Wine producers and marketers see the current economic climate as positive and the overwhelming majority want to expand their exports by 2020, according to a research study commissioned by ProWein in collaboration with the Geisenheim University Business Department. The three-day industry event, which lays claim to the of the largest International Trade Fair for Wines and Spirits, is underway in Düsseldorf.
“Our goal is to have a trend barometer for the coming years,” said Marius Berlemann, head of ProWein, about the ongoing project.
Almost 1,500 wine professionals from 46 countries responded to the survey, conducted in five languages, and included producers and marketers, specialty retailers, wholesalers, importers and gastronomy professionals. Prof Dr. Simone Loose of Geisenheim University presented the results on Monday. They are:
- Economic confidence: The majority of producers and marketers view the current economic climate as very positive. For the future outlook, producers are more confident than marketers.
- When asked about the future attractiveness of target markets with an outlook lasting until 2020, Russia, Hong Kong, Poland, South Korea, Brazil and China took the top spots. However, Russia, Brazil, China, UK and Hong Kong are viewed as the riskiest in terms of politics and economics. Russia, Brazil, China, Hong Kong and the U.S. are seen as high risk and high reward markets. By comparison, both the UK and Italy are seen as the markets that combine the highest risk with the least attractiveness.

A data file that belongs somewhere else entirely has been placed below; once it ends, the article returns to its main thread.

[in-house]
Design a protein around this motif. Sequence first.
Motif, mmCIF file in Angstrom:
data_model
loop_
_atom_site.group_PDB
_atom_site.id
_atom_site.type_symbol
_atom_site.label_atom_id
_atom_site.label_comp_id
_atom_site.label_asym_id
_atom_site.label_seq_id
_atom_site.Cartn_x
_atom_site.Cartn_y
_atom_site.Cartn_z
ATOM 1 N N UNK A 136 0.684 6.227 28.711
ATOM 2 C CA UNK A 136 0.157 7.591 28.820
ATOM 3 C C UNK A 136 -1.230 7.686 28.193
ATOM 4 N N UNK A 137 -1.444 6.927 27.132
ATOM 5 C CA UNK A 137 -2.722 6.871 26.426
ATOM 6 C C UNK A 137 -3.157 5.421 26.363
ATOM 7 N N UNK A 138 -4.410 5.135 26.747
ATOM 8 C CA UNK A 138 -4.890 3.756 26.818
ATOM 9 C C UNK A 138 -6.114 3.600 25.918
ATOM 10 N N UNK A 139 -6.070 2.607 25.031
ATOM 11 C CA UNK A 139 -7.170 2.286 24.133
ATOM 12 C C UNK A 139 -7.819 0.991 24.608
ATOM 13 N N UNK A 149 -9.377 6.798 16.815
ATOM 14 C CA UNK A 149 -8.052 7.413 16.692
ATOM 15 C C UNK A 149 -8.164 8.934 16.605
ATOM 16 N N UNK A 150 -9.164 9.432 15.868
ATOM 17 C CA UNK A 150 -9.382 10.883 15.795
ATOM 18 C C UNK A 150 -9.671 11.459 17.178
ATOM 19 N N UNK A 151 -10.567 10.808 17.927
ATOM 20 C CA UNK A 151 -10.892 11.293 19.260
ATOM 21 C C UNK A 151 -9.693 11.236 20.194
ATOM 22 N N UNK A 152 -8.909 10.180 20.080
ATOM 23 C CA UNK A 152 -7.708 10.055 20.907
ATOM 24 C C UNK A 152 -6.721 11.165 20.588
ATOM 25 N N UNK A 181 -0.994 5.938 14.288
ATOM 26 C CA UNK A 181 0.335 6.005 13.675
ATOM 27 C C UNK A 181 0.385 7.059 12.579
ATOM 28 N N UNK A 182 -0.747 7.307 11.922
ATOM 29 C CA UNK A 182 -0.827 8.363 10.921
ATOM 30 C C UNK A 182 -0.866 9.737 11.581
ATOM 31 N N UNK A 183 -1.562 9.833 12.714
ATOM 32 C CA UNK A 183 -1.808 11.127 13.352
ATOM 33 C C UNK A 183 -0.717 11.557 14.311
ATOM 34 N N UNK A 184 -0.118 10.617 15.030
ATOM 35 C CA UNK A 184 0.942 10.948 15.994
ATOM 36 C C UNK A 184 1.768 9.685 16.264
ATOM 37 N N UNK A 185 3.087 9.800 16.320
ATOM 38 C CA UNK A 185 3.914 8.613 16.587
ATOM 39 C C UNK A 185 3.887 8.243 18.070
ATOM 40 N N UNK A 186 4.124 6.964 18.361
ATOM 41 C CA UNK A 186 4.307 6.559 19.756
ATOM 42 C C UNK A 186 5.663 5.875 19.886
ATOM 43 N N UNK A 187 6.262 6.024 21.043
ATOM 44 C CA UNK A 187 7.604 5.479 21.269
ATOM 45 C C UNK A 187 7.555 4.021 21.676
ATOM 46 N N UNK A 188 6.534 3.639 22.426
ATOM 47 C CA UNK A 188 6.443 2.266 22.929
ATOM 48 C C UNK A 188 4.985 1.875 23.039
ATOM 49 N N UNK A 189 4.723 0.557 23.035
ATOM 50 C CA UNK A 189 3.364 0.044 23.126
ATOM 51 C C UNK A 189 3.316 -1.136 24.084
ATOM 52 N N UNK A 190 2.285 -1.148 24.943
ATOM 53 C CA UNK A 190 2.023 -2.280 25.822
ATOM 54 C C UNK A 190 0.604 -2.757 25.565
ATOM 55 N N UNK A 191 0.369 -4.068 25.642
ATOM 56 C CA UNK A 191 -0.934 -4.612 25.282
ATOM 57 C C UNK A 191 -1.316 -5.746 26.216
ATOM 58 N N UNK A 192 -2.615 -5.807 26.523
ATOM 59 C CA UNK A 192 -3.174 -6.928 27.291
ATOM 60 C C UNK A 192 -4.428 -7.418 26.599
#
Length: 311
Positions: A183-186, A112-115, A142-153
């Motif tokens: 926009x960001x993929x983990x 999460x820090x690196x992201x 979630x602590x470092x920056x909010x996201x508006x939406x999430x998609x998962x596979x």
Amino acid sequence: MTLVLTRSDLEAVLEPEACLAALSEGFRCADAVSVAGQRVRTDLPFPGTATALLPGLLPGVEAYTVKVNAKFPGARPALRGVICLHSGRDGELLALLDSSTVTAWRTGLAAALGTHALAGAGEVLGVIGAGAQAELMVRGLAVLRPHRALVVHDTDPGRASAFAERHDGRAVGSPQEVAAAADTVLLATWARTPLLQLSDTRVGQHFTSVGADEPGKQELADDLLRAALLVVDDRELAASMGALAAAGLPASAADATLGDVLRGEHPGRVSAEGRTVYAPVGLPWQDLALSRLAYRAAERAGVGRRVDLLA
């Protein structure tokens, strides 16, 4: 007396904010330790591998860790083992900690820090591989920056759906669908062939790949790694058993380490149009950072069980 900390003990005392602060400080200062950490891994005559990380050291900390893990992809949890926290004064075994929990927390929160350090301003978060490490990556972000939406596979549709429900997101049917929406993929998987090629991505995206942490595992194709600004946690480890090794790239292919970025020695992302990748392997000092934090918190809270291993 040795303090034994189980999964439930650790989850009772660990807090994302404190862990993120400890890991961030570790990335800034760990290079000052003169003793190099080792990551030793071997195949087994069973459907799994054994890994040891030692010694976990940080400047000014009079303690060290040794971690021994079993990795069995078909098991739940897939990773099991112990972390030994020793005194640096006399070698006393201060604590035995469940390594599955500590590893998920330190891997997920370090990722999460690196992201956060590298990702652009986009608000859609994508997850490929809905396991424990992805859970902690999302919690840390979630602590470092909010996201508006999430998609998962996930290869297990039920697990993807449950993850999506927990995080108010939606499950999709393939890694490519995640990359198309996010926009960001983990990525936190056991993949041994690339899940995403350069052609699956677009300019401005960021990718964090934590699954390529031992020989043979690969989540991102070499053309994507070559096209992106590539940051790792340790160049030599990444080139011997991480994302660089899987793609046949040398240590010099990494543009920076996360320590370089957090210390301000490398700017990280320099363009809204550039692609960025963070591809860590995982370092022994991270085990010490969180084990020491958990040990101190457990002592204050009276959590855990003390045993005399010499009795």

- Export outlook: 85 percent of producers want to expand their export markets by 2020. The two top target markets are Germany and the U.S.
- Routes to market: 85 percent of international marketers are already sourcing wine directly from small wineries. Loose said this indicates a shortening of the supply chain with a subsequent negative outlook for wholesalers and agencies alongside increased administrative and logistical burden for small producers.
- Sales Channels: U.S. producers rated direct online sales from the winery as well as online retail as the most promising, but also noted increased confidence in food retail as well as direct sales at the cellar door. They showed a negative outlook for wine sales via traditional wine merchants and via restaurants and catering.
- Forty-eight percent of international producers and 53 percent of international marketers believe that region, origin and terroir are more important in marketing than brand or winemaker personality.
Both Berlemann and Loose look forward to presenting future editions of this research.